Welcome to another week of the Women’s Personal Finance Wednesdays roundup. I started this series after months of debate because I wasn’t certain I wanted to up the ante and commit to publishing three posts a week. However, now that I’ve started sharing these posts, I’m so glad I started.
There are so many fabulous women writing about personal finance online, and yet there is still a perception that women aren’t good with money, don’t care about money, or don’t understand it on a granular level beyond perhaps knowing how to coupon and score a good shopping deal. These roundups are my way of doing a small part to change that perception. There are no shortage of women online doing their part to make it clear that they DO understand money, and these posts are meant to amplify that fact.
The hardest part of this post every week always is narrowing it down to my favorites, because there is just so much good content out there. If you’re ever interested in what else I’m reading, I share quite a few other posts on Twitter (and that’s also where I read most of the content to begin with these days).
Our Women’s Personal Finance Facebook group also has a sharing thread on Fridays, and that’s the place to read all the blog posts written by members over the previous week. If you’re looking for more articles written by women, that’s a great place to continue reading (plus we have plenty of great discussions on finances the rest of the week as well!).
If you don’t have the time or inclination to go searching down myriad posts, though, I will be continuing this series every week to showcase some of the best of the new content I read. If you ever read a post you think I absolutely need to consider for this roundup, please let me know! I am always open to reading new blogs (and posts of blogs I do know, because I miss some).
Women’s Personal Finance Wednesdays – Week 93
1. 2020 Isn’t Over Yet: Revisit Your Goals Michelle Is Money Hungry
I can definitely relate to Michelle’s comments on the shock and denial that came along with the beginning’s of this pandemic. It is now July, though, which means it’s been a full four months since the country fully fell into this situation. There are still almost five months left, and while goals definitely won’t look like we expected in 2019, I like the idea of refocusing (as much as possible) now. We’re in for the long haul, so trying to figure out what that looks like is important, if that bandwidth is there to do so.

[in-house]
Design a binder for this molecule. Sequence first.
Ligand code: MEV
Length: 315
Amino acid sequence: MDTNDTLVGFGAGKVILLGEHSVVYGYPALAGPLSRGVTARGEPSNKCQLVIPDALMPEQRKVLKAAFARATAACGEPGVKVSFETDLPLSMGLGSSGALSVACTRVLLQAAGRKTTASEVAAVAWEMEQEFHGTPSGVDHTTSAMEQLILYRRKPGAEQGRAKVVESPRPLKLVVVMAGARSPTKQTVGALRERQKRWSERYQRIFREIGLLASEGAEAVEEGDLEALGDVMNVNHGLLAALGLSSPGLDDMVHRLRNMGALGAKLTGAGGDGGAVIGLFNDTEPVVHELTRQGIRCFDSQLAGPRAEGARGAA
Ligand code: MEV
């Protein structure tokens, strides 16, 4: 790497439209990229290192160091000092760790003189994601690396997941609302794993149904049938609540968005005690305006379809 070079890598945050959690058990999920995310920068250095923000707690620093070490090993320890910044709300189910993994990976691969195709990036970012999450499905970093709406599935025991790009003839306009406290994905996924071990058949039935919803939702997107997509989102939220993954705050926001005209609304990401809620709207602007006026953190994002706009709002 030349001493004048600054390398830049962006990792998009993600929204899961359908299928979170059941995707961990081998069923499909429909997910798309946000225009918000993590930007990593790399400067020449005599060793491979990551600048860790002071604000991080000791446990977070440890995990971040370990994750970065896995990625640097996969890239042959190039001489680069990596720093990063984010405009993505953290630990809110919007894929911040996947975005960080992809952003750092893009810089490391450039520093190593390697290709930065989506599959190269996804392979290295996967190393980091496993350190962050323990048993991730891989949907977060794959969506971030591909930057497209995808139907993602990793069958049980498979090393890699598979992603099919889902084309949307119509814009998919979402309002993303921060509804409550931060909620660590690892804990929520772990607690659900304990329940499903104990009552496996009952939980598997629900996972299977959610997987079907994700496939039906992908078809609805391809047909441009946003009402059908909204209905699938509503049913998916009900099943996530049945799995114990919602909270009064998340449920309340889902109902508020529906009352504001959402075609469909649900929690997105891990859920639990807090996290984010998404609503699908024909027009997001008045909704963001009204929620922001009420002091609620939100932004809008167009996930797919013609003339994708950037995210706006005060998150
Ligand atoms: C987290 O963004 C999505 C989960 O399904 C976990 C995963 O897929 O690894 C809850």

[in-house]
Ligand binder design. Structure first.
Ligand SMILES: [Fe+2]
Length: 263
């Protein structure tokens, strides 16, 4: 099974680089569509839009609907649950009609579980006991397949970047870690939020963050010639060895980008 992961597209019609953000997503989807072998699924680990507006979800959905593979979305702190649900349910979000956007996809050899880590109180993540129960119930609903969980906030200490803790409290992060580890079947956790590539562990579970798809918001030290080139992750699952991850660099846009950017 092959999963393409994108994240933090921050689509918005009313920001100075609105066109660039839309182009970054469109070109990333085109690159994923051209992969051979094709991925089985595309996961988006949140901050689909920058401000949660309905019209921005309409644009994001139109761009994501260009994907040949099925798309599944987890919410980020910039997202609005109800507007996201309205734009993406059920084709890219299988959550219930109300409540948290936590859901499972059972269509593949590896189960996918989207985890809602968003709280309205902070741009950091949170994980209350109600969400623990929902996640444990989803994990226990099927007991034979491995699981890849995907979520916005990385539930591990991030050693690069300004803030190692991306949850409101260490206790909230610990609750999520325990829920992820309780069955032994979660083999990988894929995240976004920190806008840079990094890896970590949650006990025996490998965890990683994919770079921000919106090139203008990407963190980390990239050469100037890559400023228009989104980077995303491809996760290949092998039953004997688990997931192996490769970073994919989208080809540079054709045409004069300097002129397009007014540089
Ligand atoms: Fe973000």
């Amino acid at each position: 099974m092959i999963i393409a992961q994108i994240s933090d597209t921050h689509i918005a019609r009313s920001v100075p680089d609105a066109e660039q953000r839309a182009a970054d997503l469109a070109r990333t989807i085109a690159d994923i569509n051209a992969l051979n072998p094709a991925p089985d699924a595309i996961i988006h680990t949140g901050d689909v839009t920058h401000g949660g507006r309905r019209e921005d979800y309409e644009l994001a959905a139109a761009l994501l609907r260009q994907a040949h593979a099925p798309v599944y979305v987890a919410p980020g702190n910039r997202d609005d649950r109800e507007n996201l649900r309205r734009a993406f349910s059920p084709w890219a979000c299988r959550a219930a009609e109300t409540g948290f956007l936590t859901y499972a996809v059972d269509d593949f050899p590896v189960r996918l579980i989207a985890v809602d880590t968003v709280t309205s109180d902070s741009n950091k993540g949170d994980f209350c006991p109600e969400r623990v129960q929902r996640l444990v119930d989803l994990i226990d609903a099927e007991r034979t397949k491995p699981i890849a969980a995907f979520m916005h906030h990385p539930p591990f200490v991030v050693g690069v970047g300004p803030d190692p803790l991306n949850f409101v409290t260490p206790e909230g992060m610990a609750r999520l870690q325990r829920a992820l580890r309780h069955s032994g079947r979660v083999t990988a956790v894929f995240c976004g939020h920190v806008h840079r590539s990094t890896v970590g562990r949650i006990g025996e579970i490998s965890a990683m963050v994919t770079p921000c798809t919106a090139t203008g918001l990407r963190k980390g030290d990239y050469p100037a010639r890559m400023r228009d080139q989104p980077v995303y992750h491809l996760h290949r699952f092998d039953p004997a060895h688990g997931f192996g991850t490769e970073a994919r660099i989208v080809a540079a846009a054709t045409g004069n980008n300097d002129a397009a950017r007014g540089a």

That said, the fact that happiness and health are top of the list of five sectors she says to focus on in terms of goals, and I think those are so important right now. Of course, as we head into a recession for however long, the money part is absolutely important as well, but as long as that’s somewhat taken care of, let’s make sure our emotional, mental, and physical health is at the forefront as much as is reasonable.
2. Why We Need to Be Talking MORE About The LGBTQIA+ Community When We Talk About Money I Like To Dabble
“As most of the world’s economy is very much set up for cisgender heterosexual people, couples, and families, there aren’t enough resources out there in our community to help us.”
Being queer affects money, either a little, or a whole heck of a lot. But it’s definitely something that doesn’t get enough talk time. Intersectionality when it comes to personal finance needs to include gender, race, and sexuality, among so many other things. Which is why there is always room for another voice to blog about money – our personal stories are so different, and those personal stories can impact the way people think about money so much more than another article filled with data.
Ps. I’m bi. Though married to a cis gender man, so you’d never know it. I’m working on being a bit louder on that fact, and posts like this one and Purple’s coming out post remind me of how important that is.
3. Why I wear a mask The Frugal Girl
I mean, I don’t know if this really needs a full post, but yes, wear a freaking mask. That said, Kristin has seven solid reasons to wear one, even if you’re hesitant.
And maybe if you have someone you love and care about who is resisting, send them this post. Maybe reading simple, straightforward reasoning will help. But then again, maybe not. I’m not too hopeful at this point for people who willfully choose not to wear masks at this point.
I hope you enjoy the posts this week as much as I did. I read a ton of content and it was hard to narrow down my favorites. I’m looking forward to sharing some new ones with you again next week!
As always, if you’re looking for a categorized list of self identified women writing and speaking about personal finance, here is my comprehensive guide to the Women of the Financial Independence Community.
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